November 17th 2018


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Articles from this issue:

COVER STORY An election-winning policy: a development bank for Australia

VICTORIAN ELECTION The left gets ready to scream 'haters!'

CANBERRA OBSERVED Nats fracas points up need for vigilance

NATIONAL AFFAIRS Divisions undermine Morrison's leadership

SOCIETY UNDER THREAT The time is now for a real deal for the family

NCC SYDNEY DINNER Speakers spark keenness for a challenging 2019

NORTHERN DEVELOPMENT Aborigines hope to benefit in Kimberley development

CLIMATE CHANGE Rising sea levels? Pacific island data says 'no'

ROYAL COMMISSION Big banks shaken and stirred in their swamp

U.S. HISTORY Slavery: a yet unresolved legacy

INTERNATIONAL AFFAIRS The U.S. and China: more than trade is at stake

SOCIETY UNDER THREAT Partisan divide must vanish for defence of civilisational foundation: Christianity

MUSIC ABBA live: just not in person or on stage

CINEMA Coco: Family and home trump 'identity'

BOOK REVIEW Remnant hopes for post-Brexit Britain

BOOK REVIEW The Great War, raw and uncensored

HUMOUR A few more snippets from Forget's Dictionary of Inaccurate Facts, Furphys and Falsehoods

POETRY

LETTERS

Books promotion page

CULTURE AND ABORTION

Edward Short

$AUD35.00


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(Leominster, UK: Gracewing, 2013)
Paperback: 307 pages
ISBN: 9781781829905
Price: AUD$35.00

 

Book description

In Christifideles Laici (1988), Pope John Paul II exhorts his readers to recognise that “The inviolability of the person, which is a reflection of the absolute inviolability of God, finds its primary and fundamental expression in the inviolability of human life.” For this great champion of life, “the common outcry, which is justly made on behalf of human rights … the right to health, to home, to work, to family, to culture — is false and illusory if the right to life, the most basic and fundamental right and the condition for all other personal rights, is not defended with maximum determination.”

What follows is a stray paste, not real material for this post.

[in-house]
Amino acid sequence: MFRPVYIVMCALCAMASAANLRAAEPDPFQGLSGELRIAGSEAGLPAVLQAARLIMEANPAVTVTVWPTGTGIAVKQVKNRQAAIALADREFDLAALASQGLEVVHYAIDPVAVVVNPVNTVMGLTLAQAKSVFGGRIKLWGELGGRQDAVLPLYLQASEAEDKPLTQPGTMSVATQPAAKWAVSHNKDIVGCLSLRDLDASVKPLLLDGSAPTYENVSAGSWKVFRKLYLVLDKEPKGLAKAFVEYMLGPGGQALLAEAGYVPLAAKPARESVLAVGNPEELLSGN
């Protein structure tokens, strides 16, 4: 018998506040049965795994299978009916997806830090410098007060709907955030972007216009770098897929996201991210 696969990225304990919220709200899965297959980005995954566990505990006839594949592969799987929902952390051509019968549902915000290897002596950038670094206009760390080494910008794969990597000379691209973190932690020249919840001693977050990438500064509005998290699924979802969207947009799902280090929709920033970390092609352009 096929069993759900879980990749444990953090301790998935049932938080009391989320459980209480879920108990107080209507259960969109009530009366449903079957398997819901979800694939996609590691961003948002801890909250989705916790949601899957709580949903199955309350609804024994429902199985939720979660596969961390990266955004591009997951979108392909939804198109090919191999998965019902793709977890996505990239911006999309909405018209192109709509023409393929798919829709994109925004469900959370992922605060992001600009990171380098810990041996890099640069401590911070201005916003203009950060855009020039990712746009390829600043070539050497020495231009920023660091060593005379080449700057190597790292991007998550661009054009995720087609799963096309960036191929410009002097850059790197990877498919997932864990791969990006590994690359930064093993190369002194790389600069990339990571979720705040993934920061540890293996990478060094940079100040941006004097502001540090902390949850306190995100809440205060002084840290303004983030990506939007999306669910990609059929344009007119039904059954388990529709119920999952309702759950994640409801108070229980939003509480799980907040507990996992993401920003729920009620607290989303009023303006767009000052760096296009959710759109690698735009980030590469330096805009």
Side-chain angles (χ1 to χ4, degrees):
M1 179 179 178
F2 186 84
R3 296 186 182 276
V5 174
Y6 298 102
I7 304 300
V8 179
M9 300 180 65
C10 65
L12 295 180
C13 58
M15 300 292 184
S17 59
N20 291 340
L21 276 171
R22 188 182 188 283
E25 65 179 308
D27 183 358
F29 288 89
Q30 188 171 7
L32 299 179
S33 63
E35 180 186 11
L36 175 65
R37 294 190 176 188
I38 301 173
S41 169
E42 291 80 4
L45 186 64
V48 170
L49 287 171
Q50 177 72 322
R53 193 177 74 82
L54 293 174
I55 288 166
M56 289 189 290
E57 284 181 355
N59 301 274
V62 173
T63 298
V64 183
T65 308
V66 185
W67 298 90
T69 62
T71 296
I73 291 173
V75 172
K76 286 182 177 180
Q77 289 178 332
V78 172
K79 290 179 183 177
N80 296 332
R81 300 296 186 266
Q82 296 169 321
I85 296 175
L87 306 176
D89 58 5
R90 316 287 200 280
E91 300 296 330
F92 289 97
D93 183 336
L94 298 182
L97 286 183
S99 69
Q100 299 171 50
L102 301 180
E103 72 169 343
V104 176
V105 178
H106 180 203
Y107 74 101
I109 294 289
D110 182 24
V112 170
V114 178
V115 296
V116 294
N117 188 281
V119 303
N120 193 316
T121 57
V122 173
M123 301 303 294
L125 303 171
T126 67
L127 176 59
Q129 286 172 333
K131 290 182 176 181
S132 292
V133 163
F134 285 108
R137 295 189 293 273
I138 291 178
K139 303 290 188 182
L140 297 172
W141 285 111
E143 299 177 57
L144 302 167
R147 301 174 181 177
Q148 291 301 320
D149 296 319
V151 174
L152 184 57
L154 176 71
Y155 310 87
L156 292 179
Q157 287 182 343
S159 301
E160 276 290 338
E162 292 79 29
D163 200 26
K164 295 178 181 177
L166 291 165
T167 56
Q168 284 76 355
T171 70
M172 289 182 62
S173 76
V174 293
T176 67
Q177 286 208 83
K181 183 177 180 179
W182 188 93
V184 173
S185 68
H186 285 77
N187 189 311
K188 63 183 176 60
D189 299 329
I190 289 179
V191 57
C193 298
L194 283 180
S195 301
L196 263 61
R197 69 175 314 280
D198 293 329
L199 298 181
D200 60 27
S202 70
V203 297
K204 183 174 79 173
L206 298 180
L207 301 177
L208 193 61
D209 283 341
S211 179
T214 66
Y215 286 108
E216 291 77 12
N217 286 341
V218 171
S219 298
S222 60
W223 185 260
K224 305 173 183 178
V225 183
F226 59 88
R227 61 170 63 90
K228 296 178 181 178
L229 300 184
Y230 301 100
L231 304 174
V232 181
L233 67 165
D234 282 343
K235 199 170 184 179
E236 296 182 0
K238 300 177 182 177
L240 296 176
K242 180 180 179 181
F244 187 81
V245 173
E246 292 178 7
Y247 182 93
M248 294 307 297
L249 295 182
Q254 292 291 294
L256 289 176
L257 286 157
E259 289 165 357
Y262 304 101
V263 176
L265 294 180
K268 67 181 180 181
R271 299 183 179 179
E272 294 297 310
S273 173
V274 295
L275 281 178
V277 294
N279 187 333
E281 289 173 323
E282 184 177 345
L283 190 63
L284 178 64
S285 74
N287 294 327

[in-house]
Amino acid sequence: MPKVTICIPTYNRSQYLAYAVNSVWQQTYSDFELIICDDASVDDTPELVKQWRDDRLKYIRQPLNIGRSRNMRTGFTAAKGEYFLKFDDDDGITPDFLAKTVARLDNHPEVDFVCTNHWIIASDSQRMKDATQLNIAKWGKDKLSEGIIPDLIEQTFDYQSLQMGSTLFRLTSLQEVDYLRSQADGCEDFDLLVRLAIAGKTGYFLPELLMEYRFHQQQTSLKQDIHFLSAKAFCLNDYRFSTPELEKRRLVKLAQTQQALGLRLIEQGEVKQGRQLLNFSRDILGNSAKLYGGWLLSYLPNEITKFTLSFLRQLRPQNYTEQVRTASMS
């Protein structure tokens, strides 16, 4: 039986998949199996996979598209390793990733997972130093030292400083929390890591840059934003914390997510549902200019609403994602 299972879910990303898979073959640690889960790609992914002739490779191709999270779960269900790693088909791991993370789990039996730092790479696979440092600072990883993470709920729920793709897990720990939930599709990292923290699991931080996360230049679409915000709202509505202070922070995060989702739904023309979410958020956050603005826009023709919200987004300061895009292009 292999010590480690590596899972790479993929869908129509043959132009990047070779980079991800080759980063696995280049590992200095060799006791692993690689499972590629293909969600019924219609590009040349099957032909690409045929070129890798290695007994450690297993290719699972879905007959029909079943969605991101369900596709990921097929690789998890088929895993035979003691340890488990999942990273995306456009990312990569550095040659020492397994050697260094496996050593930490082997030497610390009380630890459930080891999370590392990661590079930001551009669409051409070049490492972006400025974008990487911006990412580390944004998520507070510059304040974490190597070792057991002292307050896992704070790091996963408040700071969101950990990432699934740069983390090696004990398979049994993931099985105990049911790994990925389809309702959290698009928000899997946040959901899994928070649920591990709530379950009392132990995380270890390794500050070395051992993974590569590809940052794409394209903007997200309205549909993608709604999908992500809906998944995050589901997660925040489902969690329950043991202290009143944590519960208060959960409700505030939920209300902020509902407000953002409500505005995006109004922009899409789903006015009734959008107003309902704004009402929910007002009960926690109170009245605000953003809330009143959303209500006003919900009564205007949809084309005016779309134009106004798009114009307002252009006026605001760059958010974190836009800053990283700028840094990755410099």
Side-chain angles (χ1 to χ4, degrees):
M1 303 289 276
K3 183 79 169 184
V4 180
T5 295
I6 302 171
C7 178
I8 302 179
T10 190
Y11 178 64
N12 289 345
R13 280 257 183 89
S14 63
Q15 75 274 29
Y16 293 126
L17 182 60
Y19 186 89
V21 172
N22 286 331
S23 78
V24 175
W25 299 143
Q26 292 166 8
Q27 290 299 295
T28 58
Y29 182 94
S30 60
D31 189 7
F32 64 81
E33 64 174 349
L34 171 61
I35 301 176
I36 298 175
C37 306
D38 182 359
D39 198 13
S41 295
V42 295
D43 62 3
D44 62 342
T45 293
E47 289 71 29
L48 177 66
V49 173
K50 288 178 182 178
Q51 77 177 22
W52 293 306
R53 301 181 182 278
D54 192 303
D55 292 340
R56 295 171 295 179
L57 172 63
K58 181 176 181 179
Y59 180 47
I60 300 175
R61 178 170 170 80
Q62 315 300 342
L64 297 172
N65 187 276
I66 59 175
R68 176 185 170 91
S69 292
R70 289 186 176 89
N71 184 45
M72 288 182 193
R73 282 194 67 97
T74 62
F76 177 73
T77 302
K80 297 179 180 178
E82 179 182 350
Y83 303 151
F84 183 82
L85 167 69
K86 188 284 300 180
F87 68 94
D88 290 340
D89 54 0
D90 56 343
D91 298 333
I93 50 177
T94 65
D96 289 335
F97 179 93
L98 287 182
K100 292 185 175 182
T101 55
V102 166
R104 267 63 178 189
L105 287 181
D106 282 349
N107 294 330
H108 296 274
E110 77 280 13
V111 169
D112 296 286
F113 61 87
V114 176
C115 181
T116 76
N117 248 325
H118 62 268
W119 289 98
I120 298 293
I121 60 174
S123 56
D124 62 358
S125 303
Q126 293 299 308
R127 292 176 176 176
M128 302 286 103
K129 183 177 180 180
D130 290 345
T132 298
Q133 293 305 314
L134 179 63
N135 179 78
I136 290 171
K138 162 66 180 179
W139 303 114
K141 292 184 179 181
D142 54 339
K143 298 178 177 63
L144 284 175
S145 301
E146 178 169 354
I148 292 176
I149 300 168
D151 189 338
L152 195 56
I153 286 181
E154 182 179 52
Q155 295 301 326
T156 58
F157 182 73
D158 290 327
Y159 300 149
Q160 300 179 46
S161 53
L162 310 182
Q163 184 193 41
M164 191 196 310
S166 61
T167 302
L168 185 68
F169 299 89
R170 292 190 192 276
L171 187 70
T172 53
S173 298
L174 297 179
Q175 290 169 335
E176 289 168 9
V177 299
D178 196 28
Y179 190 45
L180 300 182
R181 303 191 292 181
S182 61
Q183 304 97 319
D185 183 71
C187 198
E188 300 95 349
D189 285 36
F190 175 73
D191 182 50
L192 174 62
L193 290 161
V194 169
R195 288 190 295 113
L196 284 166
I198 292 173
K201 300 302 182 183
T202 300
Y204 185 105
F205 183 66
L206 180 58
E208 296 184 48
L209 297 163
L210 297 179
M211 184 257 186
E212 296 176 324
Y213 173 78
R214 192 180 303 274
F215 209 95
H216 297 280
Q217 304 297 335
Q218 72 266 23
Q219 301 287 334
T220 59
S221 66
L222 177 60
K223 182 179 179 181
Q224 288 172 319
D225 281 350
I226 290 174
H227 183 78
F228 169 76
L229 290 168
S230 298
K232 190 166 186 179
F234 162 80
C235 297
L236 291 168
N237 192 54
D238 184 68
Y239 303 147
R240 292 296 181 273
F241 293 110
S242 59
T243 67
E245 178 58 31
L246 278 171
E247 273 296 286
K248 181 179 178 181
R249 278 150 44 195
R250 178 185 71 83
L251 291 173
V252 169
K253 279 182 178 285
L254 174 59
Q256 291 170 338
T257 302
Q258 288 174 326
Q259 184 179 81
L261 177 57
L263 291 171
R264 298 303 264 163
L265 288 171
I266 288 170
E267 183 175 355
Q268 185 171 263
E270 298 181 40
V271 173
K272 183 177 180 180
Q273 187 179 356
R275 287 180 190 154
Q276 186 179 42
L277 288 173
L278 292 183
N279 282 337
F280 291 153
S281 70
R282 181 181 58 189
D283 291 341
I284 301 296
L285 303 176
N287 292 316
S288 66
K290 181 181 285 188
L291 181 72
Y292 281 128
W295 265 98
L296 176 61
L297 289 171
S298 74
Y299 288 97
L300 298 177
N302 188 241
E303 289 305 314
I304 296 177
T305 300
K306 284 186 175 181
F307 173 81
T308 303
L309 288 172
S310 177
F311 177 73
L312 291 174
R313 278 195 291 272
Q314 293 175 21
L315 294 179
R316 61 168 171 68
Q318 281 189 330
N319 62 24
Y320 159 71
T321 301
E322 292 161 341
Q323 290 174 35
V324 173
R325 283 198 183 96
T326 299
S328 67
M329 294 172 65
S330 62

This is the conviction that prompted Edward Short to write Culture and Abortion, a study which looks at how our own culture betrays the inviolability of life by invoking what feminists call “reproductive rights” to justify killing children in the womb. Examining the scourge of abortion from a cultural perspective, Edward Short draws on history, literature and the encyclicals of popes to show how defending the right to life can help us to reaffirm an understanding of culture that is based not on human pride or human power but on what Pope John Paul II calls the “civilisation of life and love”. Wide-ranging and incisive, Culture and Abortion takes a fresh and provocative look at the often unacknowledged evil that continues to define our culture of death.

 

Endorsements

“Edward Short has had the brilliant idea of making the pro-life case through a series of portraits from literature and biography. I hope that the drama of Life, seen through the lens of his camera, will touch many readers whom the bio-ethical arguments leave cold.”
Aidan Nichols OP.

“In these finely wrought essays, Edward Short explains how culture can stifle our ability to distinguish good from evil. Along the way, though dealing with a melancholy theme, he rewards the reader with fascinating sketches of great life-affirming personalities.”
Professor Mary Ann Glendon, Learned Hand Professor of Law at Harvard.

“One of the wonderful things about this book is that it doesn’t talk about human rights. There is no soporific analysis of conflicting rights claims. People choose abortion because they fear poverty, fear social shame, fear being left by their husband or boyfriend, fear peer disapproval. To win this battle we have to conquer fear with love. Culture and Abortion celebrates people who have made the choice for life and love over death and despair. In addition to many literary and historical references, it also offers a critique of Matthew Arnold’s account of culture and what G.K. Chesterton called ‘state ritualism without theology’. Unlike so many books with the word ‘abortion’ in the title, which leave the reader feeling sad and depressed, this work is deeply hopeful.”
Professor Tracey Rowland, John Paul II Institute, Melbourne. 


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